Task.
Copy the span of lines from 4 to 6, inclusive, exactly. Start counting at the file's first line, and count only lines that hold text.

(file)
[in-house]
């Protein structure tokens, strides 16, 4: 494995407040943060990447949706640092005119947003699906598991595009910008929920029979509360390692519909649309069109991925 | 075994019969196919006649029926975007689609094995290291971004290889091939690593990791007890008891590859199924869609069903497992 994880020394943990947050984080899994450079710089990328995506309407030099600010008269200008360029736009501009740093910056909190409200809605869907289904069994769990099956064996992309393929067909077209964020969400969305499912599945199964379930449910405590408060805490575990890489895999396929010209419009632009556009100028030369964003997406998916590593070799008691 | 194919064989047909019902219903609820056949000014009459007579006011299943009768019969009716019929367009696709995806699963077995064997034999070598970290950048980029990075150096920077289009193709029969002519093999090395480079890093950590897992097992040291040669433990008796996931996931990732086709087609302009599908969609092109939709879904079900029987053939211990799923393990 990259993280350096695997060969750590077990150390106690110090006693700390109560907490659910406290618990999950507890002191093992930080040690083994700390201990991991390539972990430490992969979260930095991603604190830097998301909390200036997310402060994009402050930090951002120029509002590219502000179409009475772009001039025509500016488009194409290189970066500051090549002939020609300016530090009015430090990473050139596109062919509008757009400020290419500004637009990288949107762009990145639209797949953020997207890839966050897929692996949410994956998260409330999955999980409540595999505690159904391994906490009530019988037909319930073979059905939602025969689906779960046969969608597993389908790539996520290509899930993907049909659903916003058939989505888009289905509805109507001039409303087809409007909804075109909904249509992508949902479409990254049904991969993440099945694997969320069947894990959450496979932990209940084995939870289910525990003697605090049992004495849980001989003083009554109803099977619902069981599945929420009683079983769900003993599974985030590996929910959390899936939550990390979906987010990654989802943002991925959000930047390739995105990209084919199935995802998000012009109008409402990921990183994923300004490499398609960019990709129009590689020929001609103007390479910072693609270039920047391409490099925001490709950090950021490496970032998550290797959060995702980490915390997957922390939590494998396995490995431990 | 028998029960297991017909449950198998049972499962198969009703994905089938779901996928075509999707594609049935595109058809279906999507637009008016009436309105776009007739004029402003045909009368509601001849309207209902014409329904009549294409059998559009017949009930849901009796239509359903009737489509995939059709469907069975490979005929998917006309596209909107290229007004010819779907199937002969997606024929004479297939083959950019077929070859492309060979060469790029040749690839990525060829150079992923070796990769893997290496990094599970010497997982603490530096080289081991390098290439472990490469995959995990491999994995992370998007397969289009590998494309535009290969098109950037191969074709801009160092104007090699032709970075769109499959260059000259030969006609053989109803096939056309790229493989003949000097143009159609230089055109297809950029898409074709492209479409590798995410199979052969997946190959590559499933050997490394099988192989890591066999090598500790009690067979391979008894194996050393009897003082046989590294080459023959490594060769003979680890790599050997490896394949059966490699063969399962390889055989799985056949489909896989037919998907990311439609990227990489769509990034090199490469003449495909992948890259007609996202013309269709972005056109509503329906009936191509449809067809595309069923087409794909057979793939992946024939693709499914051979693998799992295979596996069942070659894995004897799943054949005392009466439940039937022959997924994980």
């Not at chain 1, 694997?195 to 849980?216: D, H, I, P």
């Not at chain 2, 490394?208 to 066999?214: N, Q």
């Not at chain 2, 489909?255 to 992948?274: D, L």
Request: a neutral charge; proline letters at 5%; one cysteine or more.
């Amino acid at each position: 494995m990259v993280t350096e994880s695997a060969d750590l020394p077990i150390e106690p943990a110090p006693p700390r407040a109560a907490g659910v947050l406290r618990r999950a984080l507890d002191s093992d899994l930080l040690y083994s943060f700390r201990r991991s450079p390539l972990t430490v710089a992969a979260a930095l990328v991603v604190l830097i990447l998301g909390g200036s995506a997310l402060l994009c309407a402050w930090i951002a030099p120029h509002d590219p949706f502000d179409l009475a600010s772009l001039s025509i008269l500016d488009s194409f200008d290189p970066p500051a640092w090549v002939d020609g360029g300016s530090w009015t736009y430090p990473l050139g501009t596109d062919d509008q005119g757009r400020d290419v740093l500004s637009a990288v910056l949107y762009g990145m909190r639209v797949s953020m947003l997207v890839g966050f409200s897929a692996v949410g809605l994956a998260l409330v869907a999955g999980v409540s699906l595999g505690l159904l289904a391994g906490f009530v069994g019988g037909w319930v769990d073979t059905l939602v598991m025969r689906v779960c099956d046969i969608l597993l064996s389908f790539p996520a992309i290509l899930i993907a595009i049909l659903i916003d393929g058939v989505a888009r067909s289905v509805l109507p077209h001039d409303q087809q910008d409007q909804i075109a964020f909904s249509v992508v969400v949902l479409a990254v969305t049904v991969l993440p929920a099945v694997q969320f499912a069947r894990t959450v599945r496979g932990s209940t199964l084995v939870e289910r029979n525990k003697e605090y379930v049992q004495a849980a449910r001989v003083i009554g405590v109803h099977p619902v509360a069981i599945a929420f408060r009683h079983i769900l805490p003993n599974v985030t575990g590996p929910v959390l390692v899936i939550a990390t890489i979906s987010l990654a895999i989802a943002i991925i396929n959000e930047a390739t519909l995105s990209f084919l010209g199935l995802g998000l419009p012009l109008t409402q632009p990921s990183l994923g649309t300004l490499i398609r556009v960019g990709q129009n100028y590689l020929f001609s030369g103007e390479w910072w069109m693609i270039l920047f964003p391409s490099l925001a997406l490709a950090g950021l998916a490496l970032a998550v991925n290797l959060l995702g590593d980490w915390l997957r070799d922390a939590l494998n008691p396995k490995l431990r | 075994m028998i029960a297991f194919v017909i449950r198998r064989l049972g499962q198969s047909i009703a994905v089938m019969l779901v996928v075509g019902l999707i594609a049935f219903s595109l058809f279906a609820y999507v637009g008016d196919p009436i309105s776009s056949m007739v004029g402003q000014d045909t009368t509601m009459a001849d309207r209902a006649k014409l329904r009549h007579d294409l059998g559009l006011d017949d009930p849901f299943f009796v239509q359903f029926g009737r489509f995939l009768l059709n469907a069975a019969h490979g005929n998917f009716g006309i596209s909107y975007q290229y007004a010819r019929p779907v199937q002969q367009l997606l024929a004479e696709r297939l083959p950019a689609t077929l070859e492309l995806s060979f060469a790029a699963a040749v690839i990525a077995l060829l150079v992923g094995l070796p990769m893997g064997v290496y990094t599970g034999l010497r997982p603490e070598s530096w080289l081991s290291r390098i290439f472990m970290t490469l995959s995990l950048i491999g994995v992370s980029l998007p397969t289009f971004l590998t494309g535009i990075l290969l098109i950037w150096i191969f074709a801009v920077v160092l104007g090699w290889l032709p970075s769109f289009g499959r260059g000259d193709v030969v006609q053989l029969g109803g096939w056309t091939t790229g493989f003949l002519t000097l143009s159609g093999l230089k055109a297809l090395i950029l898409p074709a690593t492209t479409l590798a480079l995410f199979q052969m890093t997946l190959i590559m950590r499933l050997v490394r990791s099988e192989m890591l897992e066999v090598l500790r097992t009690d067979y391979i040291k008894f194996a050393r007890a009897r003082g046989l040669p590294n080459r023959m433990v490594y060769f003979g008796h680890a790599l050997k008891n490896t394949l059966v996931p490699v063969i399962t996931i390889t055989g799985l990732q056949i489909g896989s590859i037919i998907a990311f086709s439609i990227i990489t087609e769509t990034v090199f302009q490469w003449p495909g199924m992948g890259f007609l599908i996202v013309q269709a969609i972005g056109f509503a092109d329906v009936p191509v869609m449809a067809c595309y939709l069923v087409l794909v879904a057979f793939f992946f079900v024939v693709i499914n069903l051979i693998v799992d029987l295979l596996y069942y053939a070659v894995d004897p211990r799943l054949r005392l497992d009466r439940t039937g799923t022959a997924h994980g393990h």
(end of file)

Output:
């Not at chain 2, 490394?208 to 066999?214: N, Q």
């Not at chain 2, 489909?255 to 992948?274: D, L």
Request: a neutral charge; proline letters at 5%; one cysteine or more.